Flushing, Queens: 1812. Obligation dated March 24, 1812, Flushing Township in Queens County, New York. Regarding $300 owed to James Cornwall of the City of New York, and signed by Charles P Cornwall, although the signature is torn away. Witnessed by Robert W. Rumsey and George Perry. Notes in pencil on verso showing payment of $285.08 in 1826. 7 1/2 x 12 1/2", folded.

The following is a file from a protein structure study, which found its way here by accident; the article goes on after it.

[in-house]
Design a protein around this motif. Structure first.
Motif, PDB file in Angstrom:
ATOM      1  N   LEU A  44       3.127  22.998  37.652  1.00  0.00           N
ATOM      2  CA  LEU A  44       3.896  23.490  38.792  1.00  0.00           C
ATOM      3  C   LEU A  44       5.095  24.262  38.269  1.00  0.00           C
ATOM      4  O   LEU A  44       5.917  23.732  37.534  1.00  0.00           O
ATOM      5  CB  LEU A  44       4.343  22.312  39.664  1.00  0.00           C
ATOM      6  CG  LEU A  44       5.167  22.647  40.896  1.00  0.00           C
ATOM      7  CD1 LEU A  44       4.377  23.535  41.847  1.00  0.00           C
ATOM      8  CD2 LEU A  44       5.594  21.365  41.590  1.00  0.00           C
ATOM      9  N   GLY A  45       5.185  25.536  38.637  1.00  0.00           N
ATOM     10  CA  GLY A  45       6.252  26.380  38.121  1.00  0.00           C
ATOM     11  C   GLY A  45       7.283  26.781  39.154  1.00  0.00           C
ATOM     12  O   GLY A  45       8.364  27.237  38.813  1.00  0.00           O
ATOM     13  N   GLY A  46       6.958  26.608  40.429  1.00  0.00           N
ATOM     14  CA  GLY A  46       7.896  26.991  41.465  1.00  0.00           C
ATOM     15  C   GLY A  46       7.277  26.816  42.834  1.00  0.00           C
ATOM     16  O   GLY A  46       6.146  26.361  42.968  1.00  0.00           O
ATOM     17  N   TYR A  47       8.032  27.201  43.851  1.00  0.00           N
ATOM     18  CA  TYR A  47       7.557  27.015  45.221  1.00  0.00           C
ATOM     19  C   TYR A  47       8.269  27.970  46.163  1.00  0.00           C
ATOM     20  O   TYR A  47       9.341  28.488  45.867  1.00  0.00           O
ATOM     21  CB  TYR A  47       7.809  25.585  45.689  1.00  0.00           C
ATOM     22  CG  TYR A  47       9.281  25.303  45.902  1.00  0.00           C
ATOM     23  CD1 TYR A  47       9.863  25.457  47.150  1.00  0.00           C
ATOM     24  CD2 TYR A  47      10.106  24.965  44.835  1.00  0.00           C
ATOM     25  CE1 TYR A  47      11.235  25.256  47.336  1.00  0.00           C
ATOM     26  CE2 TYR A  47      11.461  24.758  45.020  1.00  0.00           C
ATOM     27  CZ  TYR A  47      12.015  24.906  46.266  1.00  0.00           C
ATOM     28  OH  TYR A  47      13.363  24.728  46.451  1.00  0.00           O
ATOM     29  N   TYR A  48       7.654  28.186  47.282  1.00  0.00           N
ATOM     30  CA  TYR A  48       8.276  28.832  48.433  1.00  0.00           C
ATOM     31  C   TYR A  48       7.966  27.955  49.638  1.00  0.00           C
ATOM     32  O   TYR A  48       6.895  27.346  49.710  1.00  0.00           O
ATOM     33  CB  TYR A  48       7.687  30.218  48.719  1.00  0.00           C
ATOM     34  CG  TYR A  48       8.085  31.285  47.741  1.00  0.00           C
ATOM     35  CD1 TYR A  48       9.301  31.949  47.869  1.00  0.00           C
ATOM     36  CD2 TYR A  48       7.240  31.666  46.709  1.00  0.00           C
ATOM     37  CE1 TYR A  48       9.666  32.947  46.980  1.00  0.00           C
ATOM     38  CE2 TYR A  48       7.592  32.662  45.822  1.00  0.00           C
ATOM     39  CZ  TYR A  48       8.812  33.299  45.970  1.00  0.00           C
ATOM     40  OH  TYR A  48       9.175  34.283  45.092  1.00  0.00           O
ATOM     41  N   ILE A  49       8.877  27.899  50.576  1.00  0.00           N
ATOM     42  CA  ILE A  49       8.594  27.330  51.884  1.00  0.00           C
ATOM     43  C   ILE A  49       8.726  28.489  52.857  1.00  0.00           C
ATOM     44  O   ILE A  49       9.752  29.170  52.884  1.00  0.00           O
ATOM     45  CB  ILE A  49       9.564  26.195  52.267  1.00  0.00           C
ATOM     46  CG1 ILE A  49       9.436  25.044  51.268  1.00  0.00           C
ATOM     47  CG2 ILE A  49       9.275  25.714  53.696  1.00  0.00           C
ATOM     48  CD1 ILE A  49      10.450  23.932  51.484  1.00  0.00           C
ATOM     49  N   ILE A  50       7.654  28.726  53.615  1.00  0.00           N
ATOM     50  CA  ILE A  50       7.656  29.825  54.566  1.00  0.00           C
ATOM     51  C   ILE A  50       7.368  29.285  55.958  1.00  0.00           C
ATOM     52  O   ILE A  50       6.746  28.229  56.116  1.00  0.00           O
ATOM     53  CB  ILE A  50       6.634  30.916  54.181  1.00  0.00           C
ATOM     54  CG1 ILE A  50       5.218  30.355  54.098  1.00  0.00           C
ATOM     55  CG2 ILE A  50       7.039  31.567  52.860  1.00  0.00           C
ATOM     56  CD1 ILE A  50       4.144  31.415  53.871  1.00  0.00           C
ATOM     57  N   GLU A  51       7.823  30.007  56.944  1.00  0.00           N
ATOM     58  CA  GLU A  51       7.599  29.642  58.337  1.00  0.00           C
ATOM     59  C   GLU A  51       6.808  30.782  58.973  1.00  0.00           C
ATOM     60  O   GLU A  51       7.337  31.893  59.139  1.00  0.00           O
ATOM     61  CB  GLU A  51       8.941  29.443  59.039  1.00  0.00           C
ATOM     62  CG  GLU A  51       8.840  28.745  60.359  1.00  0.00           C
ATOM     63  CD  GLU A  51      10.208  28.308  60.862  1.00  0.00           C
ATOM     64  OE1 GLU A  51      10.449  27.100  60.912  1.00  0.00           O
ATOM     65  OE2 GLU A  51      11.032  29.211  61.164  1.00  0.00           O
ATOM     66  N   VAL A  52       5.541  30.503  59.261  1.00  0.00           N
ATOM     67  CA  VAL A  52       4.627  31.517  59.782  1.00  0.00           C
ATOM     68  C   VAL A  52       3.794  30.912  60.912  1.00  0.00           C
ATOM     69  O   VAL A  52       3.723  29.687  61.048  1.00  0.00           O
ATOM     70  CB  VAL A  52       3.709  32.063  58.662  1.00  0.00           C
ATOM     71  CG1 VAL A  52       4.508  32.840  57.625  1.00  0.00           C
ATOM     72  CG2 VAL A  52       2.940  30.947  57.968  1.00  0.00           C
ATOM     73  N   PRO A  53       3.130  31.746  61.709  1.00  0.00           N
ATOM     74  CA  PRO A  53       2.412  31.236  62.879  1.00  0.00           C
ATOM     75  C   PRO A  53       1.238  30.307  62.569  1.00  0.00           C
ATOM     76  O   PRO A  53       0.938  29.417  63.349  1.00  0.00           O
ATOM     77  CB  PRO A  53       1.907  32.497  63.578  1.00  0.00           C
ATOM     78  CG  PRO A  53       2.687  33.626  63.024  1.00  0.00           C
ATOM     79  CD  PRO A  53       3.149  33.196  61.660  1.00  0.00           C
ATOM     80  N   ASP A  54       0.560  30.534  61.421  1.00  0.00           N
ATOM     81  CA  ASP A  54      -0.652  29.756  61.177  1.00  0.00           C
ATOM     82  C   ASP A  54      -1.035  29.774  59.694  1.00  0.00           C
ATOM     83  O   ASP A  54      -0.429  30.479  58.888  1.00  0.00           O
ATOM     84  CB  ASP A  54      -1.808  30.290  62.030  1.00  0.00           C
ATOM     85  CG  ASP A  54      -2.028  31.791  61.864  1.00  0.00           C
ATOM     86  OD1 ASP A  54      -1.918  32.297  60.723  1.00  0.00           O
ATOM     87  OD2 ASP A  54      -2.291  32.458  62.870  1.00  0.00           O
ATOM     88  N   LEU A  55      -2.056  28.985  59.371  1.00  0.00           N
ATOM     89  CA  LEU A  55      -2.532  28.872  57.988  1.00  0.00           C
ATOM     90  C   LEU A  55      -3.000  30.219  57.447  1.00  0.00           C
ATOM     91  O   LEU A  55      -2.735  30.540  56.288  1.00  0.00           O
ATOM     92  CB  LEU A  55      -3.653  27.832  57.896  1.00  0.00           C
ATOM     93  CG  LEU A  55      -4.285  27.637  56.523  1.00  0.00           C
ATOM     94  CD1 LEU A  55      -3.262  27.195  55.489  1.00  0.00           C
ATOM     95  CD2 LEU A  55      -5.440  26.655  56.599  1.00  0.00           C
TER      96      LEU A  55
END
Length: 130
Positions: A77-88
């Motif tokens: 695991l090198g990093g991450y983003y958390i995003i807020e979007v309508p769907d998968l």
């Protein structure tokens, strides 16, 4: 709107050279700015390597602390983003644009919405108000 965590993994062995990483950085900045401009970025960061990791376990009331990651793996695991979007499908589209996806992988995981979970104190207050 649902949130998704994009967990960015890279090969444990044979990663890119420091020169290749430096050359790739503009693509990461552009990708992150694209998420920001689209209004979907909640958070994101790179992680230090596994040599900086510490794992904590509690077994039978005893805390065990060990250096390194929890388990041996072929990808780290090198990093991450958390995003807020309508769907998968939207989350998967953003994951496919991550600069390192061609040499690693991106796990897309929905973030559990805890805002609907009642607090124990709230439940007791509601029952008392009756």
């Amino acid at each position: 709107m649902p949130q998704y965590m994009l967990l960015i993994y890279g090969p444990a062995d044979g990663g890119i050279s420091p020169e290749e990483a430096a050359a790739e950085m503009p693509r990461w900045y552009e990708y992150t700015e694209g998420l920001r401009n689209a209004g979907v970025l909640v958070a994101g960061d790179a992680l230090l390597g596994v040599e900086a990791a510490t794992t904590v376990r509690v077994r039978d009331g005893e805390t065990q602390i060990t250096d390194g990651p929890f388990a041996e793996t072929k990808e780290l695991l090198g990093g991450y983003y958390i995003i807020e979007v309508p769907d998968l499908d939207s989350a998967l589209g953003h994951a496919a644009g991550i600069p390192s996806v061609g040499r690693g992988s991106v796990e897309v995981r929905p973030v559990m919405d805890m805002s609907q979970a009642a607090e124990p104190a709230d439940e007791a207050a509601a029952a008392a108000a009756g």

Charles P. Cornwall was a large landowner in Queens in the early 1800s, with Bayside Farm being the most valuable of his properties. In 1838 Cornwall named Thomas Whitson and John Nostrand, his neighbors as trustees, empowered to sell as much of his real estate as was needed to cover his debts and to lease the rest of it to cover his living expenses. They sold Cornwall's Bayside Farm for $15,000 to Samuel Willetts of New York, in 1838. The trustees, using some of the assets from the sale, then made a loan to Elisha Hall of Newburgh NY for $6,000. Cornwall died in 1839, Hall failed to repay the interest or principal, and the trustees were sued. The case gives an interesting perspective on the value of property in Queens at the time: "His [Cornwall's] preference for farms, over city property, differs from the opinion of most well informed and shrewd capitalists; but it may, nevertheless, be well doubted, whether a farm, situated in a populous neighborhood and near several great thoroughfares, is not safer for a permanent investment than any city property". (Cases in Law and Equity, Supreme Court of the State of New York. Barbour, Oliver L. Vol. XX. New York: Banks and Brothers. 1883. p 142-7.). Very good condition. Item #19588